A new emergency helicopter landing pad is being built in a remote village in memory of a teenage flu victim with the help of donations from actor Hugh Grant.
Bethany Walker died aged 18 in 2018 after contracting flu which developed into sepsis.
She was airlifted from the remote west Highland village of Applecross to Raigmore Hospital in Inverness for treatment in 34 minutes, a journey that usually takes two hours by road.
The helicopter which flew her to hospital had to land in the village pub’s car park which was the only empty space available at the time.
Despite the best efforts of medical staff, Bethany’s condition worsened and she died in hospital.
Bethany’s mother, Heather Teale, was determined to build a permanent helipad and work has now begun after the money needed was raised.
She established a community fund which raised £15,000, including a donation from Hugh Grant, while £50,000 was donated by Robert Bertram from the HELP Appeal, a charity dedicated to funding helicopter emergency landing pads.
Ms Teale said: “Bethany hoped to become a midwife but sadly, she never got the chance to fulfil her dream, but her commitment to caring for others and saving lives will be reflected in this lasting legacy of a lifesaving helipad.
“In an emergency every minute saved in journey time gives patients a higher chance of survival, but in remote communities like Applecross, the Air Ambulance will be saving hours.
“Thank you to my local community, the HELP Appeal and to Hugh for making this lifesaving helipad a reality.”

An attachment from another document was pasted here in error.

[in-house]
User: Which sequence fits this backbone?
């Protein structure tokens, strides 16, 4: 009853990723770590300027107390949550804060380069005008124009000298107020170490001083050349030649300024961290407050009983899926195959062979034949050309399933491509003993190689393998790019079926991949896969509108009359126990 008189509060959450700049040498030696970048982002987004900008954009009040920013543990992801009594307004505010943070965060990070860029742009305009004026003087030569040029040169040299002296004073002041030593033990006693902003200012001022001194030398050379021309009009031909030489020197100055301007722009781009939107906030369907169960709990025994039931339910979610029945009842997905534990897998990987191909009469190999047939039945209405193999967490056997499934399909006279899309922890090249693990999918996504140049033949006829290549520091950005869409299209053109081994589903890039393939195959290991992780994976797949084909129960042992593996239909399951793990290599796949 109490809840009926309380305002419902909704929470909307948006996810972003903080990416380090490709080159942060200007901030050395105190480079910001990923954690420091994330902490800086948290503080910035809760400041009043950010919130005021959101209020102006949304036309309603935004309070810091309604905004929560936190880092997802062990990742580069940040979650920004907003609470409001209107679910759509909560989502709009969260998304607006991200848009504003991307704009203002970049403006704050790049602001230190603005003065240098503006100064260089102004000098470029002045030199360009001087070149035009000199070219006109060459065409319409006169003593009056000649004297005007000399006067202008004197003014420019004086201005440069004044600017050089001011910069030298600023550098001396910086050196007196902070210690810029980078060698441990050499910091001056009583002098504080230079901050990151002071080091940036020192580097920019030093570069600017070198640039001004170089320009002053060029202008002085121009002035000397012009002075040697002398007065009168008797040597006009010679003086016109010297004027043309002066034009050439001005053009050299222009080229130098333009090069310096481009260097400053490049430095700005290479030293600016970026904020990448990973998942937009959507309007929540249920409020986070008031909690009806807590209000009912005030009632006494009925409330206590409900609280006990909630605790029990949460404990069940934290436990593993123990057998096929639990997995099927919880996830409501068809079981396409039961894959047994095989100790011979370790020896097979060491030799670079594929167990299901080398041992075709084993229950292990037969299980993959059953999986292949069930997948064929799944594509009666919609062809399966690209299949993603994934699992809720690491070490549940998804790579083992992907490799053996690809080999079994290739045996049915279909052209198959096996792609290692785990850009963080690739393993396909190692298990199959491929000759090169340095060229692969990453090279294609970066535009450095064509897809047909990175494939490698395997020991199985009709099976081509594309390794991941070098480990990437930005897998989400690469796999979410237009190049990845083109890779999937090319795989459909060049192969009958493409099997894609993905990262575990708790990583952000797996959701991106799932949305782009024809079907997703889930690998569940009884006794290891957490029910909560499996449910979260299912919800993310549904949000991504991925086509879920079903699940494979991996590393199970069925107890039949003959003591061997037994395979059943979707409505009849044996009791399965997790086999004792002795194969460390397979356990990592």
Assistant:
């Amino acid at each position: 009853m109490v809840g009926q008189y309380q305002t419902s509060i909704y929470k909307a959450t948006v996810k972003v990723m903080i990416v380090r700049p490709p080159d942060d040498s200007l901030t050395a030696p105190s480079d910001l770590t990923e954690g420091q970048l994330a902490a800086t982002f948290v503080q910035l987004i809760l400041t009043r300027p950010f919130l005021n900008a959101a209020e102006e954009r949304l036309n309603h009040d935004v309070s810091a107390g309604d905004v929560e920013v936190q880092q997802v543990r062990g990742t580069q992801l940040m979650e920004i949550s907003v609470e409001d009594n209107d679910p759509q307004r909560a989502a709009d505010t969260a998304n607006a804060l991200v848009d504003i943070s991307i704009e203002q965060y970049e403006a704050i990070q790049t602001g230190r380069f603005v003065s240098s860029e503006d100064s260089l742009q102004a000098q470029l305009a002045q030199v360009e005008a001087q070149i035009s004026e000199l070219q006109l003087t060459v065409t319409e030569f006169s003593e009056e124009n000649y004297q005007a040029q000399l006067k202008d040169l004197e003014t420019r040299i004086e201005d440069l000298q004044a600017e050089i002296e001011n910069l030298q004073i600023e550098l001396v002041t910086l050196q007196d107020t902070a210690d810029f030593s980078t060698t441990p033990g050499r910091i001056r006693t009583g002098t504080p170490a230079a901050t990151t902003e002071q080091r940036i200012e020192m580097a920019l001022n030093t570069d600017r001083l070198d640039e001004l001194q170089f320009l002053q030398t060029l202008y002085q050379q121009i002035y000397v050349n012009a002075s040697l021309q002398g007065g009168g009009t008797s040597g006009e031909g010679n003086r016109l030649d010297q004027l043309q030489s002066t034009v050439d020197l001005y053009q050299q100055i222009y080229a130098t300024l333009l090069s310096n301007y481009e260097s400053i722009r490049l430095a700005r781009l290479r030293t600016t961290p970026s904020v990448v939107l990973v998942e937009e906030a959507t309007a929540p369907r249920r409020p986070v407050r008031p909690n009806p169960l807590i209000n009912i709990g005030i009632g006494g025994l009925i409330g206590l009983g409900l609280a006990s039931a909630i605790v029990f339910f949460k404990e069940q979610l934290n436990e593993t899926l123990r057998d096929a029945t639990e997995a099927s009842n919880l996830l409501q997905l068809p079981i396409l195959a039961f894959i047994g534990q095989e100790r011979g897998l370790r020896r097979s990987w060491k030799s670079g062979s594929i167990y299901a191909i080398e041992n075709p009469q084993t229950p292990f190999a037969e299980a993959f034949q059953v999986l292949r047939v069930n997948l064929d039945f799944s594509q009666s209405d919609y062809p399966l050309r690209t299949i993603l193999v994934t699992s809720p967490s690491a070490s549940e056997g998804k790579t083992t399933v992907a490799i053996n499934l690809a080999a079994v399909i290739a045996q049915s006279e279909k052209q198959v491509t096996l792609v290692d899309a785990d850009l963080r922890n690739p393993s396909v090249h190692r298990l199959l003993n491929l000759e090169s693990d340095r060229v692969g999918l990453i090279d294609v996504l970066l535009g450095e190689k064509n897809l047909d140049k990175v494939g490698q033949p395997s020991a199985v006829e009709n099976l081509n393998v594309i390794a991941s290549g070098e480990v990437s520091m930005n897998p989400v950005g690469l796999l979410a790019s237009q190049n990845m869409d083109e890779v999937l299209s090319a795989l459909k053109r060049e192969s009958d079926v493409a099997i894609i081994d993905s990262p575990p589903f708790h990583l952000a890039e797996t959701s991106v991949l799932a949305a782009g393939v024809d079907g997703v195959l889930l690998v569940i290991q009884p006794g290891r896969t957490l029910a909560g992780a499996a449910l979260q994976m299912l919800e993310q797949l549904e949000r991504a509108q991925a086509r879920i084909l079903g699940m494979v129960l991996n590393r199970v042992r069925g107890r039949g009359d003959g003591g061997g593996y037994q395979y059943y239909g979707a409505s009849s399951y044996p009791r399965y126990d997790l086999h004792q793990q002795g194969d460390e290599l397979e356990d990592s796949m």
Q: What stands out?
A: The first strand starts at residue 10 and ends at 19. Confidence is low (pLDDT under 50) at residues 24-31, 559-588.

The community is building the helipad themselves and it should be operational by the summer.
The new, permanent helipad is located beside the Applecross Fire Station and Community Hall and will be able to accommodate landings around the clock, with state of art lighting used during the hours of darkness.
Hugh Grant said: “Bethany’s legacy of a new helipad will help to save many lives in the future. Congratulations and well done to Heather and the HELP Appeal for making it happen.
“The importance of helipads is often forgotten about, but they are absolutely vital in emergency care along with hospitals and helicopters.
“Without them, patient treatment can be delayed, which can have a devastating impact on survival rates. This is why more are needed across the country.”
Applecross is only accessible via the Bealach Na Ba, a single track road with passing places over the mountains, or by driving on the coast road from Shieldaig and an emergency response by road ambulance, based 18 miles away, can be difficult during adverse weather, or when roads are busy during the tourist season.
Robert Bertram, HELP Appeal’s chief executive said: “Heather’s desire for a permanent, lifesaving helipad is one we fully support. This, plus Bethany’s story, is why we immediately agreed to fund one in Applecross, particularly since it will help both residents and the huge number of tourists that visit every year.
“Waiting for the police to stop road traffic, clear car parks or empty parks or hoping a suitable area will be available for an air ambulance to land, is simply not good enough when loved ones are seriously ill.
“We are doing our best to provide life-saving helipads across the country.”
The Applecross helipad costs £60,000 and £5000 is being reserved for future maintenance.